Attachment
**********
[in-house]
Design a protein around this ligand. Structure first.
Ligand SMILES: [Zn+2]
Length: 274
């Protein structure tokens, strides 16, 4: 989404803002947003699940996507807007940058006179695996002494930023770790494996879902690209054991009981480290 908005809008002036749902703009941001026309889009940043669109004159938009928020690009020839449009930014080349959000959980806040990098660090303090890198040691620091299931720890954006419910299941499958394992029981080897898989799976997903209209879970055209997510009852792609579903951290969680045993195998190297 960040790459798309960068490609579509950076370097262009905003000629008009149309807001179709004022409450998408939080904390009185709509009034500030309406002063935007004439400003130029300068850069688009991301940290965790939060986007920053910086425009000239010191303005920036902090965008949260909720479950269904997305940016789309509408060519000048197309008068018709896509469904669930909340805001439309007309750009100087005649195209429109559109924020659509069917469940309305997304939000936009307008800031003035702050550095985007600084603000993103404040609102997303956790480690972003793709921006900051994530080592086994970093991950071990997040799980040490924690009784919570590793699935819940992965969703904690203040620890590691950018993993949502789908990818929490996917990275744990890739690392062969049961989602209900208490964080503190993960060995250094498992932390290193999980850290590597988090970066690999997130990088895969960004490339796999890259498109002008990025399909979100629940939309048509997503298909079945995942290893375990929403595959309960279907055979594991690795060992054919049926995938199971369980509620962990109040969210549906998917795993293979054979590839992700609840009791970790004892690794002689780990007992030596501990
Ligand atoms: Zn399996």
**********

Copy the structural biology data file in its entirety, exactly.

[in-house]
Design a protein around this ligand. Structure first.
Ligand SMILES: [Zn+2]
Length: 274
């Protein structure tokens, strides 16, 4: 989404803002947003699940996507807007940058006179695996002494930023770790494996879902690209054991009981480290 908005809008002036749902703009941001026309889009940043669109004159938009928020690009020839449009930014080349959000959980806040990098660090303090890198040691620091299931720890954006419910299941499958394992029981080897898989799976997903209209879970055209997510009852792609579903951290969680045993195998190297 960040790459798309960068490609579509950076370097262009905003000629008009149309807001179709004022409450998408939080904390009185709509009034500030309406002063935007004439400003130029300068850069688009991301940290965790939060986007920053910086425009000239010191303005920036902090965008949260909720479950269904997305940016789309509408060519000048197309008068018709896509469904669930909340805001439309007309750009100087005649195209429109559109924020659509069917469940309305997304939000936009307008800031003035702050550095985007600084603000993103404040609102997303956790480690972003793709921006900051994530080592086994970093991950071990997040799980040490924690009784919570590793699935819940992965969703904690203040620890590691950018993993949502789908990818929490996917990275744990890739690392062969049961989602209900208490964080503190993960060995250094498992932390290193999980850290590597988090970066690999997130990088895969960004490339796999890259498109002008990025399909979100629940939309048509997503298909079945995942290893375990929403595959309960279907055979594991690795060992054919049926995938199971369980509620962990109040969210549906998917795993293979054979590839992700609840009791970790004892690794002689780990007992030596501990
Ligand atoms: Zn399996």